PAULA ABDUL: Years of judging Idol taught her well. Abdul's downgraded her antics to lovable, not frightening, and she's consistently the heart of the show, doling out warmth as well as platitudes. Only complaint? Too little screen time. B+

DREW RYNIEWICZ: Introduced as a true Belieber, bedroom shrine and all, but her bubbly "Baby" rendition was no joke. Alas, she's yet to have another breakout moment. B+

MARCUS CANTY: His song choices are uninspired -- although to be fair, only Stevie Wonder was his choice; his "What's Going On" was chosen by the judges. Few left in the competition, however, are more affable. B+

SIMON COWELL: Can Cowell be a credible judge with only celebrity and reputation? Probably, except for L.A. Reid. "The X Factor"'s producers pit their egos against one another about once a week like they're dueling kings from Game of Thrones, but the real battlefield is Cowell's niche as the harsh voice of truth -- a niche that Reid's largely usurped. That said, when Simon's right, few are righter. B

TIGER BUDBILL: Best name of the top 32. His talent doesn't quite rival his moniker, but his twangy acoustic "Billie Jean" reworking almost did. B

STEREO HOGZZ: The best of the often-interchangable groups, these guys (plus their frontman's kid, seen often in B-roll) are lavishly outfitted and meticulously choreographed. Maybe too choreographed. B

SKYELOR ANDERSON: Wants to be a black country singer, but his audition path's been consistently on the fritz: first episode, a backing track snafu; next appearance, forgetting the words to "Desperado." He's still on the show, though, so maybe he'll get luckier. B-

AUDREY TURNER: The most inexplicable omission from the top 32, both on backstory -- she's Ike Turner's ex-wife! -- and on talent. Few remaining contestants have her professionalism. B

STEVE JONES: After hosting a lot of things you haven't heard of unless you watch the BBC or Channel 4, Jones snagged "The X Factor" gig, which so far involves a lot of voiceover and exposition delivered from the passenger's seat of a truck. He's much better than The Voice's Carson Daly, which isn't difficult; sadly, he has yet to demonstrate anything like Ryan Seacrest's host factor. B-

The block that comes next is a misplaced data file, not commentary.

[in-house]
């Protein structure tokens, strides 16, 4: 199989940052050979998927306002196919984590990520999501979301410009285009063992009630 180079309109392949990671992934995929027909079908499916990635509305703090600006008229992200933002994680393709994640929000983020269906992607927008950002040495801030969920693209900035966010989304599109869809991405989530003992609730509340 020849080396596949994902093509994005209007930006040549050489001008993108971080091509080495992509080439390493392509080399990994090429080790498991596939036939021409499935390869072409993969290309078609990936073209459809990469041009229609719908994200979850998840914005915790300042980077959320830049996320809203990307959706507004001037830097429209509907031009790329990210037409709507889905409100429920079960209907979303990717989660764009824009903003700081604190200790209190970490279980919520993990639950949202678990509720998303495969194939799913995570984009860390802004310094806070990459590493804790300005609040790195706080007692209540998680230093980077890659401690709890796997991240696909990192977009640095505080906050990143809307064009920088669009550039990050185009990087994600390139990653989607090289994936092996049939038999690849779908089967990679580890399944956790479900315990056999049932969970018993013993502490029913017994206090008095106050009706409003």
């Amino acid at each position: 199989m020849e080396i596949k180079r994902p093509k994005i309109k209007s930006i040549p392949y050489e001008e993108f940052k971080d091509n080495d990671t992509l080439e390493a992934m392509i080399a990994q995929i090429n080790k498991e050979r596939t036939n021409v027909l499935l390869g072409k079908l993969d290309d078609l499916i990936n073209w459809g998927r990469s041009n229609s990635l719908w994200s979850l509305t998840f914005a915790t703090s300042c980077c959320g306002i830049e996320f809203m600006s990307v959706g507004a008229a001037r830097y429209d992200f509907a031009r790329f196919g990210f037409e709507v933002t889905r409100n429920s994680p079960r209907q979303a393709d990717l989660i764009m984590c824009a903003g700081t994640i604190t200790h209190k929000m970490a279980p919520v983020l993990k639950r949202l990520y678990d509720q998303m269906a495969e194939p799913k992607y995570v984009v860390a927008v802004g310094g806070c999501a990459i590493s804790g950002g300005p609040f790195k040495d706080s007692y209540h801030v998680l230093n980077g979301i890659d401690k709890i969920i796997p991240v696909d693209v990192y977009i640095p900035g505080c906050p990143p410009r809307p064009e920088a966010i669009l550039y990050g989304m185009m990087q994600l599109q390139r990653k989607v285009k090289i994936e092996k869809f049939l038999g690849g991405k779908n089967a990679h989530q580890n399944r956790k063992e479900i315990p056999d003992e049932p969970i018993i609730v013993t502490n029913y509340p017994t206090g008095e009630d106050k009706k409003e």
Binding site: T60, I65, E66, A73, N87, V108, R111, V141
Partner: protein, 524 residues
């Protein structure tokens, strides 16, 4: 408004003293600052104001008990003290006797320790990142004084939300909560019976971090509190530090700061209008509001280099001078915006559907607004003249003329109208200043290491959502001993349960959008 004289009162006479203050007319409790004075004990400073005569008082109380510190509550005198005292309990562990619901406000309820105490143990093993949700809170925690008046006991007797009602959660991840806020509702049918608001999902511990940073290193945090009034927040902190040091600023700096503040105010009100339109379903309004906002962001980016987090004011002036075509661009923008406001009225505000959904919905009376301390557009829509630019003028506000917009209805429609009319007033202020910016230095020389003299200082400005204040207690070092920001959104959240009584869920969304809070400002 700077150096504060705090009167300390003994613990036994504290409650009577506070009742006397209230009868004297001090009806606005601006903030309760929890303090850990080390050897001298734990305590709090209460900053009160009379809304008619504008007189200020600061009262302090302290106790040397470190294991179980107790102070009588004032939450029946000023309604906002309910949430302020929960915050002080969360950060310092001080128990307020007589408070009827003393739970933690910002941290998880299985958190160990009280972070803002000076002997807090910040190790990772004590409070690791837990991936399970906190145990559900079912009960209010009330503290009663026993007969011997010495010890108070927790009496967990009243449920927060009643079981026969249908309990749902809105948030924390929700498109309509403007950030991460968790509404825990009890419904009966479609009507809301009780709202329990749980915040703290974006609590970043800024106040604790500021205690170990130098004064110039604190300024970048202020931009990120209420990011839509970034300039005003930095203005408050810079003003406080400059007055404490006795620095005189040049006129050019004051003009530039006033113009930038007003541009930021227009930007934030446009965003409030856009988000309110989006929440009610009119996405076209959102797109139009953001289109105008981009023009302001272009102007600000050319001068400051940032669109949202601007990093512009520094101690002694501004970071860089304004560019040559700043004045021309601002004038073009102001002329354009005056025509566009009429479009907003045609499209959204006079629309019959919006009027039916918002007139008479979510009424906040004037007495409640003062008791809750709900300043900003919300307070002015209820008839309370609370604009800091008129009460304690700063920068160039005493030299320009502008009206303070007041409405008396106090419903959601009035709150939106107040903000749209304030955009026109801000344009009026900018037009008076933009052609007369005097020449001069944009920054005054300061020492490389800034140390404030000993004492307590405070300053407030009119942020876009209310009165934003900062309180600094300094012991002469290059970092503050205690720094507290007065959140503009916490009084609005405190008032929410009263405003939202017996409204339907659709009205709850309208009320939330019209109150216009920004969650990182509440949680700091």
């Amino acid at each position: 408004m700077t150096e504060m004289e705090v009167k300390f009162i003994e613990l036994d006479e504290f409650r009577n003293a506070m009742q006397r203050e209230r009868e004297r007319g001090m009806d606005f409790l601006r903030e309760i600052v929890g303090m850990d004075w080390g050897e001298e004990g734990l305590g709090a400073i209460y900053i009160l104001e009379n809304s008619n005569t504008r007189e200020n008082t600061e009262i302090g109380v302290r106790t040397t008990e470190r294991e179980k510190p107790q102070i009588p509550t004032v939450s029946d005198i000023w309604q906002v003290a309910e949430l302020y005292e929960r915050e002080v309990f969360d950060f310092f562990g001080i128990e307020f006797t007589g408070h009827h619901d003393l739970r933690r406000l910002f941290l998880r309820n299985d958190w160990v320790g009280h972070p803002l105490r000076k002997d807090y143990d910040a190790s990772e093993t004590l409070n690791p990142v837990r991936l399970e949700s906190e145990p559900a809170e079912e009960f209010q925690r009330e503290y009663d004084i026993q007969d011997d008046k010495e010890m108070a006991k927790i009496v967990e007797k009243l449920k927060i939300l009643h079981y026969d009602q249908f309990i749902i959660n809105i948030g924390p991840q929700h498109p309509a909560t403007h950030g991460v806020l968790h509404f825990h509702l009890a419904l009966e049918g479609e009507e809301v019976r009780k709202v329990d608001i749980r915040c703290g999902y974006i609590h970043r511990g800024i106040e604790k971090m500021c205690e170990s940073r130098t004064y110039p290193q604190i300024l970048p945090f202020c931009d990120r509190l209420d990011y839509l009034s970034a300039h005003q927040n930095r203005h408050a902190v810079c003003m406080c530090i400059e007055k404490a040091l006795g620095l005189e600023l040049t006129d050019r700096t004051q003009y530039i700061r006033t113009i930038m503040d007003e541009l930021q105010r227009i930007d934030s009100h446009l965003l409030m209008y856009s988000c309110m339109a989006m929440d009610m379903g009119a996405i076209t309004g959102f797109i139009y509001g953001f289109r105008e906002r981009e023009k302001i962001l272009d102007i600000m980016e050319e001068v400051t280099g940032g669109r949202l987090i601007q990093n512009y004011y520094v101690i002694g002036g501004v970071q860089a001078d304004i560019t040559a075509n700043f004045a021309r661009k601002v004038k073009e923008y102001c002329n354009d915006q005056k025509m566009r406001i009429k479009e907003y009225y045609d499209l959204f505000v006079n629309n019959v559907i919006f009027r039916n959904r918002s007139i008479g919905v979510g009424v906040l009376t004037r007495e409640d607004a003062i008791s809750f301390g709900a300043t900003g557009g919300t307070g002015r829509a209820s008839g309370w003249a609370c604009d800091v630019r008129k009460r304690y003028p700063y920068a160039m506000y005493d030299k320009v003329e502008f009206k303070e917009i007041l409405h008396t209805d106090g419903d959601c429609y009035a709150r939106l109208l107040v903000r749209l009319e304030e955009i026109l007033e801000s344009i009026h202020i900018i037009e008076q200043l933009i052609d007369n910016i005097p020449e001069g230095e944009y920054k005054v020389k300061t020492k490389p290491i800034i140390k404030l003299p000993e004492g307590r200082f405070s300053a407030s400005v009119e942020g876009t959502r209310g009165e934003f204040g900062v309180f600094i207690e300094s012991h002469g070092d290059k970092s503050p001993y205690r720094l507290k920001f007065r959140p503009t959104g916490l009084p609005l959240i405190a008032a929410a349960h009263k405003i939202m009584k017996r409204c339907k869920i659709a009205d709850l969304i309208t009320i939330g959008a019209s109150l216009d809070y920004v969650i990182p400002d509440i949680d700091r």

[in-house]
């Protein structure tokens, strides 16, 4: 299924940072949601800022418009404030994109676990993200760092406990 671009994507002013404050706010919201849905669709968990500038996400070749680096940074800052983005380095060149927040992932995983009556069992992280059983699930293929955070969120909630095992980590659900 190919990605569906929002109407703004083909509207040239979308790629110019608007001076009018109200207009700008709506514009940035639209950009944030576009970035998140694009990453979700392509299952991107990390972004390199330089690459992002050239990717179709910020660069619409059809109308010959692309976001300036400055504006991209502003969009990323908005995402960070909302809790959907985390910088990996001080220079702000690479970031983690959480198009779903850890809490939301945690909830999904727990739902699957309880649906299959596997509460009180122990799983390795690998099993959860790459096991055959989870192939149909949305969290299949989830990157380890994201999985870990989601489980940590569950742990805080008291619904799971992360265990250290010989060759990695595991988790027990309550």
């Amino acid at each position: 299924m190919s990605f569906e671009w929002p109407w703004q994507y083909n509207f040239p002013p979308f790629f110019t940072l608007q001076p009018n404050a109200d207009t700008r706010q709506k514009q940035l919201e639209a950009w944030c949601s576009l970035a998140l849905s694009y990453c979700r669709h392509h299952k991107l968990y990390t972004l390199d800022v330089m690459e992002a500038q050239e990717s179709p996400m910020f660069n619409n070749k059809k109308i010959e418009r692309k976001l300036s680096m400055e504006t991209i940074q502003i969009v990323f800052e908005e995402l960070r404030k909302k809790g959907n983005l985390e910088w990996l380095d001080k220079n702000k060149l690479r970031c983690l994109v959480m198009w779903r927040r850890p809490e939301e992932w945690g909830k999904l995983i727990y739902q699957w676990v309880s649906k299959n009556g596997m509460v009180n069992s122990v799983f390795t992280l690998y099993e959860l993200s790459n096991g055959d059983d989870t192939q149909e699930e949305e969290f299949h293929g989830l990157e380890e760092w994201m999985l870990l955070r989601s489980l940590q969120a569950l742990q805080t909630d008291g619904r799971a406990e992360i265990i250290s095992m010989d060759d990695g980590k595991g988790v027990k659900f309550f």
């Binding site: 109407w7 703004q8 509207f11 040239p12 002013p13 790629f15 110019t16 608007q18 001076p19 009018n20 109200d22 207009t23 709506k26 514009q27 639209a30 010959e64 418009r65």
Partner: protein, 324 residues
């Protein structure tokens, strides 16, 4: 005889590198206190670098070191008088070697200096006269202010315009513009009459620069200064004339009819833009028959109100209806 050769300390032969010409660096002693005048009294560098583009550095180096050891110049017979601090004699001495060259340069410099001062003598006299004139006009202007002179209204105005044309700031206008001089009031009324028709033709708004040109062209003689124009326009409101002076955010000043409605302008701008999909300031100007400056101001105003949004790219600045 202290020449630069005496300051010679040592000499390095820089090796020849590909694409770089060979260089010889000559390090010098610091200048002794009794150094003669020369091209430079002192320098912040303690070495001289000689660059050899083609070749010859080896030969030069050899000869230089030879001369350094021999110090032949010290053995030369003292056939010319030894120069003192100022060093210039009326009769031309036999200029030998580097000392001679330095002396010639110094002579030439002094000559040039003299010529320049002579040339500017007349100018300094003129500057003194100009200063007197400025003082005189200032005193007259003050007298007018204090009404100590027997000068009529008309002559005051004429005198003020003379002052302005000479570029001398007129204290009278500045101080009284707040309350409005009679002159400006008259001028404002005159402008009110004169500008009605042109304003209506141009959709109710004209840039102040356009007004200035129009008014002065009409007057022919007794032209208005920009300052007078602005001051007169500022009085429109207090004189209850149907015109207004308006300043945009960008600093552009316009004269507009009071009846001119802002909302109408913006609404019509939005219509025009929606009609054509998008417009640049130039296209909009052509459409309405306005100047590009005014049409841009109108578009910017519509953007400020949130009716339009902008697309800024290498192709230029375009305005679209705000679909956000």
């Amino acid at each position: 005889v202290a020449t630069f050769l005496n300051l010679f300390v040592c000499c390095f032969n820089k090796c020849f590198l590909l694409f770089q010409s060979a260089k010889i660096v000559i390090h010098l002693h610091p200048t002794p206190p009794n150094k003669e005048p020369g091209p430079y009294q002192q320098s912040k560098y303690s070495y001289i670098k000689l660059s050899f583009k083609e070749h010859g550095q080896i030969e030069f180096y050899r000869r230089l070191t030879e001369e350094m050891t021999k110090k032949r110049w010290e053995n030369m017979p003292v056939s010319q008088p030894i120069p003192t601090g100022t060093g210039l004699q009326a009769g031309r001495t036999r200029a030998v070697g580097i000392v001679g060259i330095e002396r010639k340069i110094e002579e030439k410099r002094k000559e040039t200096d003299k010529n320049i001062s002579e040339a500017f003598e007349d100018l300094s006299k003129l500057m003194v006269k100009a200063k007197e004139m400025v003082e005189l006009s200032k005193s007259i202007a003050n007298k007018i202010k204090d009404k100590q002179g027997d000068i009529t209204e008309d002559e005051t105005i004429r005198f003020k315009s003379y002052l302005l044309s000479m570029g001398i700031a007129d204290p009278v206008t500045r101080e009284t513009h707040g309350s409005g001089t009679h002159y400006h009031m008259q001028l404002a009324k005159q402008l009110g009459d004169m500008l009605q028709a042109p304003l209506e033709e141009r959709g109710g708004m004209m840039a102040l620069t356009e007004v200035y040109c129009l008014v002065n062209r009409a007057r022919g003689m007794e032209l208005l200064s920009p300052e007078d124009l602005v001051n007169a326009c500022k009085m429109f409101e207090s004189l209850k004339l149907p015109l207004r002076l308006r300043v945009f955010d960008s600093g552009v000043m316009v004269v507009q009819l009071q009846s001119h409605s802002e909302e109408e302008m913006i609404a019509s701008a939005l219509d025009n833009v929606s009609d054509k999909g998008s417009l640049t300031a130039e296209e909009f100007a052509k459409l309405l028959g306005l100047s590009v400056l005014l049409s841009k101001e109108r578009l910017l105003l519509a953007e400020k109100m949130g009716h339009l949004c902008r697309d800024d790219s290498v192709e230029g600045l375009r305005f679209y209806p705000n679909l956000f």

JOSH KRAJCIK: He used to sling burritos, as he'll tell you on every appearance. His voice is good and burly, but Budbill outgrowls him more by the day. B-

DEXTER HEYGOOD: Swears he's the second coming of James Brown, auditioning with two songs (a funkless "Sex Machine" first, then an a cappella "It's A Man's World" that was evidently "being himself." Maybe he's the second coming of a photocopy. C+

CHRIS RENE: Your thoughts on Rene likely fall in line with your thoughts on Gavin DeGraw or ex-Idol contestant Chris Richardson. Earnest soft-rock singer or reedy-voiced C-lister? C

BROCK AND MAKENNA: Makenna is not Brock's lover, and no matter how much romantic teasing and how many longing looks washed over the screen whenever they were on it, "Billie Jean" was not their song, and "The X Factor" was not their Once. C

SIAMEZE FLOYD: It takes only three screechy notes to fell a would-be Prince. Especially when those three screechy notes are ceaselessly televised. C-

SIMONE BATTLE Does her voice, though good, matter when she calls herself "a threesome between a cheerleader, a hipster and a drag queen"? C-

NICOLE SCHERZINGER: The blankest judge; none of her Pussycat Dolls charisma shows at all. Scherzinger was originally slated to co-host, a much better role for her -- but then again, considering how little Steve Jones has to do alone, maybe not. D

GEO GODLY: Even casual watchers remember this guy by nudity if not name; he stripped to (what he claims was) a G-string and sang something called "I'm a Stud" as Paula ran off to retch. Sole upside? If the Parents Television Council doesn't like you, you're doing something right. D-

DILLON LAWSON: Has the dubious honor of probably being the first auditioner anywhere to attempt Lil Wayne's "Swag Surfing." Lacked swag. F

For Popdust's complete "X Factor" coverage, click here.